Generation of Underwater Sound by a Moving High-Power Laser Source.
TEXAS UNIV AT AUSTIN APPLIED RESEARCH LABS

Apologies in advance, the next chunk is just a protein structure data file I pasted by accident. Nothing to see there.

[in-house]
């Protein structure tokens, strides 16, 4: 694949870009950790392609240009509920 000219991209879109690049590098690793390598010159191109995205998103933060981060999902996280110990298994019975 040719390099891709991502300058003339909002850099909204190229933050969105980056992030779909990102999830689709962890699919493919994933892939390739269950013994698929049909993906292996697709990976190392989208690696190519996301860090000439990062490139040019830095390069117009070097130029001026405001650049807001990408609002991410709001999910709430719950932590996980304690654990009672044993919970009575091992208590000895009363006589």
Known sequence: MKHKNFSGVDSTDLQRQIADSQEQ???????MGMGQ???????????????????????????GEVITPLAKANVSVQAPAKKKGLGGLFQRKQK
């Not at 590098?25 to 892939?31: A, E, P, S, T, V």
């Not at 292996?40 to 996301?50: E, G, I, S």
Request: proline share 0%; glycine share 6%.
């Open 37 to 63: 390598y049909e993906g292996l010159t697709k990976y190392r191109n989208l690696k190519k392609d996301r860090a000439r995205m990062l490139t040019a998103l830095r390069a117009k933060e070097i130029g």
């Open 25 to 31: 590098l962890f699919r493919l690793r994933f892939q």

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The generation of underwater sound by high-power laser pulse is analyzed both theoretically and experimentally. The mechanism of sound generation is the thermal expansion of the water caused by heat imparted by the laser. The basic physical properties of such a laser-induced thermoacoustic source are investigated with a time domain approach which is valid in the nearfield of the source. Results are then extended to the case of a thermoacoustic source moving at subsonic, transonic, or supersonic velocities on the surface of the water. Special attention is paid to the case of a source moving at a velocity close to the speed of the sound in the water, because, at such a velocity, high pressure transients can be generated, making the thermoacoustic mechanism of sound generation more attractive for practical applications. Experimental results were obtained with a laser system providing up to 5 joules of energy over a pulse duration of approximately 1 ms, during which the intensity was modulated at a single frequency between 5 and 80 kHz. The laser emitted either in the infrared region of the spectrum or in the visible region of the spectrum. Most of the experimental results presented in this study were obtained with the infrared NeodymiumGlass laser. Four kinds of results were obtained pressure waveforms, directivity patterns, sound level dependence on source velocity, and spreading curves. In general, the experimental results are in good agreement with the theoretical predictions.